In the Great Depression 1930s, I lived across the street from South Field, which was a breeding ground for Lou Gehrig’s home runs at Columbia University. In those days, many of the youngsters in the neighborhood collected autographs of ballplayers, some famous and some not so famous. Most of us did it for memory and not for money. We hunted ballpark entrances and hotel lobbies, where we could take our pads and scrapbooks to catch players in town to play New York’s Yankees and Giants, and the Brooklyn Dodgers. Only day games were played at the time, so many players got up early and spent pregame hours sitting and schmoozing in the lobby, and maybe doing crossword puzzles.
The most remarkable aspect of my autograph pursuit was that most of my pals and I were able to identify these players. Without television, and relying mainly on news photographs, mostly from The Sporting News, we knew immediately who Heinie Manush was or Smead Jolley or Tommy Thevenow. We knew this was Charlie Gehringer and that was Ed Brandt. I was much better at recognizing players than at doing my math homework.
Recently, as I looked over my 75-year-old scrapbook, its yellowed, crumbling pages fatigued by time passing, I realized that my collection revealed a singular cultural footnote: it seemed that most of the players, regardless of status in the game, signed with their nicknames, not their given names. One notable exception was Paul Dean. He refused to sign as Daffy, even though his celebrated brother, Jay Dean, scrawled Dizzy next to his photograph.
There seemed to be an amusing story with almost every signature that I obtained.
When I encountered the ageless Cornelius McGillicuddy (a k a Connie Mack) one day in a hotel lobby off 71st Street, he showed some irritation with me.
“Young man,” Mack, the manager of the Philadelphia Athletics, said in a soft voice, “do you realize that you have interrupted me while I was in conversation?”
I was almost reduced to tears by his reproach. Mack, perhaps sensing I was upset, signed his name for me, anyway. But I had learned a lesson for a lifetime: never interrupt someone when he is talking, especially if it is Mr. Mack.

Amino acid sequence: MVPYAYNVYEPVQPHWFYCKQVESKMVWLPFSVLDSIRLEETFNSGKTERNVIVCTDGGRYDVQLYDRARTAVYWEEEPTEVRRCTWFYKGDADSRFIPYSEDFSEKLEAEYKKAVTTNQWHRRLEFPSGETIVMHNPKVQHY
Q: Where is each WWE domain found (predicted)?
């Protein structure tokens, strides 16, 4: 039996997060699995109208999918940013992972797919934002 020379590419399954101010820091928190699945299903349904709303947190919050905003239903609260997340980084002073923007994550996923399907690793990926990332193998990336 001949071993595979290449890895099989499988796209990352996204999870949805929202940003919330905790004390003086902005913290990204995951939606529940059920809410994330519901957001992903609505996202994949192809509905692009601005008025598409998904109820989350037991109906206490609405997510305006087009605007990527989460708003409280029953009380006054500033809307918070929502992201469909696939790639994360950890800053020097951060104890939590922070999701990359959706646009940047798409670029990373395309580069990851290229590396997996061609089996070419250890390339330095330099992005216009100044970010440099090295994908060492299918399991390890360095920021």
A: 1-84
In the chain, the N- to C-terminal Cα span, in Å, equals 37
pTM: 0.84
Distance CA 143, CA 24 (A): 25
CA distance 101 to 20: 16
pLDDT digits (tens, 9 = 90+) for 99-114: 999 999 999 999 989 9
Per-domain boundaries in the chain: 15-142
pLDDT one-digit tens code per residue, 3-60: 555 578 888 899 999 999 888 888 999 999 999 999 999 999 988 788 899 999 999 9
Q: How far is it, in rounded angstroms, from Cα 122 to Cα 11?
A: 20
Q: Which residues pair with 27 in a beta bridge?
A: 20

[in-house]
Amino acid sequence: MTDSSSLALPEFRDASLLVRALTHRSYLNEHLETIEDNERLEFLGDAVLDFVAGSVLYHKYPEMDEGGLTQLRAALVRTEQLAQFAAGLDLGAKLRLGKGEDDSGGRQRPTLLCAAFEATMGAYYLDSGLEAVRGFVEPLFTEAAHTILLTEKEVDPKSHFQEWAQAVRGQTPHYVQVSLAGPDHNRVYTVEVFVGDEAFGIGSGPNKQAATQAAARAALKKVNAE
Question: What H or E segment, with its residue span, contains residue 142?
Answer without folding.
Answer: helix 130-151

Every so often, there was an unanticipated contretemps. In another hotel lobby some weeks later, I asked Robert Moses Grove for his autograph. Then pitching for the Red Sox, Lefty Grove was one of the game’s incomparable southpaw pitchers — the Sandy Koufax of his time. He also possessed a volcanic temper.
At the moment I approached him, Grove was decked out in an egg-white Panama suit. Thrusting my autograph book into Grove’s hand, I turned to a page devoted to pictures of him. I asked politely if he would sign for me as I handed him my pen. He took the pen and signed Lefty Grove.
But as he returned the pen and book to me, he gazed down at his pants. A rivulet of dark, blue ink had dribbled down from his fly to his right knee.
Ashen-faced, Grove grabbed me, not so gently, by the back of the neck. In my panic, I thought he was about to fling me across the lobby at 100 miles per hour, a smidgen faster than his fearsome fastball. Instead, thank heaven, he thought better of it.
“I don’t ever want to see you again!” Grove said with a growl.
I made certain he never did.
If I had to pick the true highlight of my autograph-hunting days, it had to be the brief encounter with Honus Wagner, probably the greatest shortstop in baseball history. At the time, he was a popular coach with the Pittsburgh Pirates, after playing 17 years as their shortstop.
When I walked over to him, he appeared to be sleeping or just dozing off in the hotel lobby. Smiling, he wrote his name, J. Honus Wagner, on the bottom of a tiny photograph of his craggy face. I still recall his big ears and exceedingly large nose. I suspected he might have had a mouth full of false teeth. He thanked me for asking him to sign.